“God does not save those who are only imaginary sinners. Be a sinner, and let your sins be strong (sin boldly), but let your trust in Christ be stronger, and rejoice in Christ who is the victor over sin, death, and the world. We will commit sins while we are here, for this life is not a place where justice resides.”
— Martin Luther, Letter 99 (1 August 1521)
“He who who does not sin is not human. … Life without conflict is not life. … We need to caress conflicts.”
Speaking at his general audience today, Pope Francis said:
“Sometimes someone asks: ‘Why bother going to church, the people who always go to Mass are sinners like the others’. If you do not feel in need of God’s mercy, if you do not feel you are a sinner, then it’s better not [to] go to Mass [Italian: “Se ognuno di noi non si sente bisognoso della misericordia di Dio, non si sente peccatore, è meglio che non vada a Messa!”], because we go to Mass because we are sinners and we want to receive the forgiveness of Jesus, to participate in His redemption, His forgiveness.
“That ‘I confess’ we say at the beginning is not a ‘pro forma’, is a true act of penance, ‘I am a sinner and I confess’. We have to go to Mass humbly, as sinners, and the Lord reconciles us.”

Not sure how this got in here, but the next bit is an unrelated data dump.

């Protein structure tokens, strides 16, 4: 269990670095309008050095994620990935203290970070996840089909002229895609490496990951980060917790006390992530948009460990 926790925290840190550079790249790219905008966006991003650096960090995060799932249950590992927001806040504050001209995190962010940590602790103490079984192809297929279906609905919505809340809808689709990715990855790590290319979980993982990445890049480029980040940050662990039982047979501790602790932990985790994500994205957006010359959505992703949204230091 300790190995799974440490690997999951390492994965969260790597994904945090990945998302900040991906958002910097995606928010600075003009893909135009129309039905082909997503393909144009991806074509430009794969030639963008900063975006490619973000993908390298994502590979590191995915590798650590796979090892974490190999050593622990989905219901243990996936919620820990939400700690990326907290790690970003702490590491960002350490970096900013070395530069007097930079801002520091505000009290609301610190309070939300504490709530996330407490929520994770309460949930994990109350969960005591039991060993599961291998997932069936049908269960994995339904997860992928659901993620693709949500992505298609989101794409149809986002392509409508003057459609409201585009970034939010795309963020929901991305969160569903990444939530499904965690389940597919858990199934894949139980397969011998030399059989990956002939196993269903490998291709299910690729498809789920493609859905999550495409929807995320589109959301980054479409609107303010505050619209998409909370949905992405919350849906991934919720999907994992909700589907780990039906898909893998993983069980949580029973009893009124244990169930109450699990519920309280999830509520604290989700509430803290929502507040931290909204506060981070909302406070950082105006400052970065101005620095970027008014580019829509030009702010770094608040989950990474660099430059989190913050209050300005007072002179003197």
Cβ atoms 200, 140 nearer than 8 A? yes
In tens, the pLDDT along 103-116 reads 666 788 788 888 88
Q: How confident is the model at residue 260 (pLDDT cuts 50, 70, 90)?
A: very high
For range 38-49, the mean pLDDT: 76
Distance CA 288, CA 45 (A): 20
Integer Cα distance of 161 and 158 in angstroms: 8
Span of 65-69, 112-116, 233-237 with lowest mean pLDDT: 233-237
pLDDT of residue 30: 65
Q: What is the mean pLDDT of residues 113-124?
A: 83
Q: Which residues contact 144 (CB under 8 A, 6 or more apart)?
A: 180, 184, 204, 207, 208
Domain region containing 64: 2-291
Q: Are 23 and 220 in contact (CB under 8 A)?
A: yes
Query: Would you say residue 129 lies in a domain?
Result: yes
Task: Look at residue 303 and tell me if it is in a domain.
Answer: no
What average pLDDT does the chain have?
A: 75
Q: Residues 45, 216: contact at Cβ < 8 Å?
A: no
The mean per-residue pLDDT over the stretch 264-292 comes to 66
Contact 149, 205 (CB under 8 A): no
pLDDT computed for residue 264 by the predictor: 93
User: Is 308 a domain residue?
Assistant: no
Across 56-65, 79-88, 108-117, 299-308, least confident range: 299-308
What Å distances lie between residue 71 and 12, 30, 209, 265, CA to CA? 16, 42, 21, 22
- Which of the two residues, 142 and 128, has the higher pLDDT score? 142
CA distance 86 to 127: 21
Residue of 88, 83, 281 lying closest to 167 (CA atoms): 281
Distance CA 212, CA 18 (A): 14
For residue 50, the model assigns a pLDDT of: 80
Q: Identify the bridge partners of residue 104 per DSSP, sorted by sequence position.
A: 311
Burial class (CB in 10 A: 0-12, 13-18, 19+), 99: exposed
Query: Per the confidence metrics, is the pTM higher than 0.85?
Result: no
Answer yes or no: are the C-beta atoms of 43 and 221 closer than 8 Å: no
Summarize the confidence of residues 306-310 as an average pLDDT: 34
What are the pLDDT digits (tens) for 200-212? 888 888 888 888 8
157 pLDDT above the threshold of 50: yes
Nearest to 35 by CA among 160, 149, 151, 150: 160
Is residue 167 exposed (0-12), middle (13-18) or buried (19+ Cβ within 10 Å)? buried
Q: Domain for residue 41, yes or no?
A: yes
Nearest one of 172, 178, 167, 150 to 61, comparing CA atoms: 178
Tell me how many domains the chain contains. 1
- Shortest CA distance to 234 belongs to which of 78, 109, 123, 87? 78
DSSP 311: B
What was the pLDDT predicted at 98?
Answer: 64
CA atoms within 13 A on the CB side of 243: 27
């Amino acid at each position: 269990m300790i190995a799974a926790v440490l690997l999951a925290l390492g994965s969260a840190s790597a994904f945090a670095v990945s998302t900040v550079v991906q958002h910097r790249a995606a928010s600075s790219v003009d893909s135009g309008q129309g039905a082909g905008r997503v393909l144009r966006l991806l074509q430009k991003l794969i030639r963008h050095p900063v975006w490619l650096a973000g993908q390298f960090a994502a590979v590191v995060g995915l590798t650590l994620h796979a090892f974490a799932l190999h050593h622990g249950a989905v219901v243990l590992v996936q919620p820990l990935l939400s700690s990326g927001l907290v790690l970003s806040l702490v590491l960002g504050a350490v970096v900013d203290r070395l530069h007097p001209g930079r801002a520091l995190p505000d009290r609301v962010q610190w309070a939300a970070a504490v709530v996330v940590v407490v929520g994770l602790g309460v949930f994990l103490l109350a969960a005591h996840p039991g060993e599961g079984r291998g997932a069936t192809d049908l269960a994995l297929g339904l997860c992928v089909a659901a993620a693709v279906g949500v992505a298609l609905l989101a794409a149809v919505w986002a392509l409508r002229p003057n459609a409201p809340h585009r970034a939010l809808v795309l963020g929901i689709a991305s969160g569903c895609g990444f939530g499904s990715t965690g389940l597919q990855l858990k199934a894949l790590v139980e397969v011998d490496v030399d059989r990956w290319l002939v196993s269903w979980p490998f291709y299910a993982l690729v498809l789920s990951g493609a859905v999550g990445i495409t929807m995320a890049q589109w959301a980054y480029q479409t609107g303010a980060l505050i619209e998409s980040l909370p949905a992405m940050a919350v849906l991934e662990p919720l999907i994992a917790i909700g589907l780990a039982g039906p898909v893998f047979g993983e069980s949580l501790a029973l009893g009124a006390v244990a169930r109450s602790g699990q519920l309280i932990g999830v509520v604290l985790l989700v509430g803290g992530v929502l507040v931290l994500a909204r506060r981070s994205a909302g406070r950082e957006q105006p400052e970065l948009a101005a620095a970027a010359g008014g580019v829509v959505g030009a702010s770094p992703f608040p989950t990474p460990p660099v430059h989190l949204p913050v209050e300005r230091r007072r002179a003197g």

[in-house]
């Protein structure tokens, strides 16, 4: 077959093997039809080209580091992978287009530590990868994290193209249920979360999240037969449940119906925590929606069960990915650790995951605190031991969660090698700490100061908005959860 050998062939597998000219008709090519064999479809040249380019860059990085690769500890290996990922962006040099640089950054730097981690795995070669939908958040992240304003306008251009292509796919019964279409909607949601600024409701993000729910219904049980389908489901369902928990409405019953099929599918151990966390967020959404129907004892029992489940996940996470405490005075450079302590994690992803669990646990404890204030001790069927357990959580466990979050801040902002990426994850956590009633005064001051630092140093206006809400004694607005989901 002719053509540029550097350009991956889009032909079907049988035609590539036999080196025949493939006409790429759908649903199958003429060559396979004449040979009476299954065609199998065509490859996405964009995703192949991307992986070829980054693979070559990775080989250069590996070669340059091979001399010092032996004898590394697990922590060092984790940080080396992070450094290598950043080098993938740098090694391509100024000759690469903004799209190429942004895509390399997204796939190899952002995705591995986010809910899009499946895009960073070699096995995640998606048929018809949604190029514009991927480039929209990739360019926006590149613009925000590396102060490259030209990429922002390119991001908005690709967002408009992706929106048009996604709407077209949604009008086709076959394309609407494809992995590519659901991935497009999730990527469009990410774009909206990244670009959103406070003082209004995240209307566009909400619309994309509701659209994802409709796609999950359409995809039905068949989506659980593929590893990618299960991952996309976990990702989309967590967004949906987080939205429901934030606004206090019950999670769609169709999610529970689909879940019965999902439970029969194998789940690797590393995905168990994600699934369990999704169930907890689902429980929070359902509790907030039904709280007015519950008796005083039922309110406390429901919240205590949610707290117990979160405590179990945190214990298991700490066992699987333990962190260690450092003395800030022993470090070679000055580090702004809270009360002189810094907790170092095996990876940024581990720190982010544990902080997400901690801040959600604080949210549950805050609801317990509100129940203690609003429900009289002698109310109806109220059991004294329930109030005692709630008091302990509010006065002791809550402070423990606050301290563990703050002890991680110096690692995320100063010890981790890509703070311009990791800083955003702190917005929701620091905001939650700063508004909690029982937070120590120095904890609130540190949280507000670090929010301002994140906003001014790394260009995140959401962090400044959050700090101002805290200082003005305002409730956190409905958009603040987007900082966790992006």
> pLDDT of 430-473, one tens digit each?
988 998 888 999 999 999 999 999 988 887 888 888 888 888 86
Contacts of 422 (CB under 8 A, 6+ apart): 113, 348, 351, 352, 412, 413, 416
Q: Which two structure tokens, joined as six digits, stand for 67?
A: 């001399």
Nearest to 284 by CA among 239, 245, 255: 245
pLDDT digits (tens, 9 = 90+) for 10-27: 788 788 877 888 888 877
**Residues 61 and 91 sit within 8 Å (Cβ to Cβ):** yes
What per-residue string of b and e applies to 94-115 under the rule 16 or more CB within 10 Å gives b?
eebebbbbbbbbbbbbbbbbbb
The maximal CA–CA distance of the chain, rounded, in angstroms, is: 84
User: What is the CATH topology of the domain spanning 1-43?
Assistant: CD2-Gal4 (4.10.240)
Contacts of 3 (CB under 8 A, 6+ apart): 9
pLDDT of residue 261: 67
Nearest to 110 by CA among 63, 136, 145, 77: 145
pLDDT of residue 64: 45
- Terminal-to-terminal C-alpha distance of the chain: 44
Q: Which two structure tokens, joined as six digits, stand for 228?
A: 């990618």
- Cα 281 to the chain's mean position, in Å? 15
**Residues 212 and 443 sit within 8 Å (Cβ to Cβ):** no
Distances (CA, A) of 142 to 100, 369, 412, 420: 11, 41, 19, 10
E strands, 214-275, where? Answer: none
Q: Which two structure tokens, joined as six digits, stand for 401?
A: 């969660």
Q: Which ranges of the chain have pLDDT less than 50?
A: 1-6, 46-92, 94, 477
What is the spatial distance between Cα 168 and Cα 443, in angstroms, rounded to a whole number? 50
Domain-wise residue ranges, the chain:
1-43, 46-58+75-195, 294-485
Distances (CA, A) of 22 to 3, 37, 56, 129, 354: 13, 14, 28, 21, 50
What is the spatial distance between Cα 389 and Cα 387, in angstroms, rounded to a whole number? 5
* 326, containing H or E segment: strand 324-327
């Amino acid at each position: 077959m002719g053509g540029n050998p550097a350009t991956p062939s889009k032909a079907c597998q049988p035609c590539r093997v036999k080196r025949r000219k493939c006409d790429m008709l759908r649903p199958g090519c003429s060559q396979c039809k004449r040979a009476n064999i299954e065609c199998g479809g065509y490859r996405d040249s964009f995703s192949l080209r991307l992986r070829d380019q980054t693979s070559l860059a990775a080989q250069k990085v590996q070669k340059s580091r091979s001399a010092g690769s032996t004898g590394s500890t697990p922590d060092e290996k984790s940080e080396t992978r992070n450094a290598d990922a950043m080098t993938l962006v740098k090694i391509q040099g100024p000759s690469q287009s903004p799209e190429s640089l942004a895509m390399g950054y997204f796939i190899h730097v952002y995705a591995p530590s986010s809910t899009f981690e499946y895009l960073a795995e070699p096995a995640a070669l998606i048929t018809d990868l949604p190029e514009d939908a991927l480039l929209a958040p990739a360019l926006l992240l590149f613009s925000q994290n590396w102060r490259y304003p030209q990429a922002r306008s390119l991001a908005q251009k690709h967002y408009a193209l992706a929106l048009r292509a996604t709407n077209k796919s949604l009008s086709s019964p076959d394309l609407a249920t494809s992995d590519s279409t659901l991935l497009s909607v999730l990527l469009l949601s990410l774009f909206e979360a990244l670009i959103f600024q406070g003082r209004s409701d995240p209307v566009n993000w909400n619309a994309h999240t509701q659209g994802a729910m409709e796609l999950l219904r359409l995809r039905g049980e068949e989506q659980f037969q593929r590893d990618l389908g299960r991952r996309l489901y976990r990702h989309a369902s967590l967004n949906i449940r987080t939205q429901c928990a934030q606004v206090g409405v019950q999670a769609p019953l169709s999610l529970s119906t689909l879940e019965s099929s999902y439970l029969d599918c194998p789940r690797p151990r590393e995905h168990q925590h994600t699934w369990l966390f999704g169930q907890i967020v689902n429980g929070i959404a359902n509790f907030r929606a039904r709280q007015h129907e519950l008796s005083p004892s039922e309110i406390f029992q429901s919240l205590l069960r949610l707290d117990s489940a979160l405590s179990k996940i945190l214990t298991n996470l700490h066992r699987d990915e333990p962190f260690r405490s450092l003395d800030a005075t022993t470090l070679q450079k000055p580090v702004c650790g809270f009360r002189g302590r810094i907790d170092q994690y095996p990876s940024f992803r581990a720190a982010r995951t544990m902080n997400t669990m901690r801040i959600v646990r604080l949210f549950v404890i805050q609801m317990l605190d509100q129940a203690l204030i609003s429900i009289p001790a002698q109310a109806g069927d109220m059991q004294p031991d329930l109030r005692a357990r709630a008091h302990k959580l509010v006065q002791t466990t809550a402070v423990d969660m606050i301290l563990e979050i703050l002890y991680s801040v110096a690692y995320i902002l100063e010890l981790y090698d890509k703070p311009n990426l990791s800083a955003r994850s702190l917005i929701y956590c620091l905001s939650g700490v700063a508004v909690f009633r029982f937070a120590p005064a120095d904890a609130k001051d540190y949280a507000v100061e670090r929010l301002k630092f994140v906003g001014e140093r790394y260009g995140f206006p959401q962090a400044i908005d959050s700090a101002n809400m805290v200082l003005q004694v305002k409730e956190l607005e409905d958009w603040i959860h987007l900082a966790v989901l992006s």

Oh, Pope Francis. This is one of those times I wince with pity, rather than groan with frustration. A basically sound point buried by sloppy pastoralism. A fundamental understanding of the theological truths blurred by a fixation on feelings. Yes, we must go to Mass humbly, but, no, we must not wait until we feel sufficiently sinful to go! Choosing not to assist at Sunday Mass is a mortal sin, but that one careless caveat by Francis sends a totally different message: you’d be better off abstaining from Mass if you are not properly disposed. What’s missing, of course, is a reminder that the sacrament of penance is available before Mass precisely in order to redeem and perfect our otherwise imperfect dispositions. Maybe it’s just me, but I find it highly problematic for the pope, and not for the first time, implicitly to equate being humble with being a sinner. I’m sure that the theologically informed readers of FCA are aware that the general act of contrition is not on a par with making auricular confession with a priest. But, as always, how many of the very many devotees to the person of Pope Francis are aware of that disparity, and how does Francis’s “off-the-cuff” comment strengthen their attachment to making confession, regardless of how they “feel”?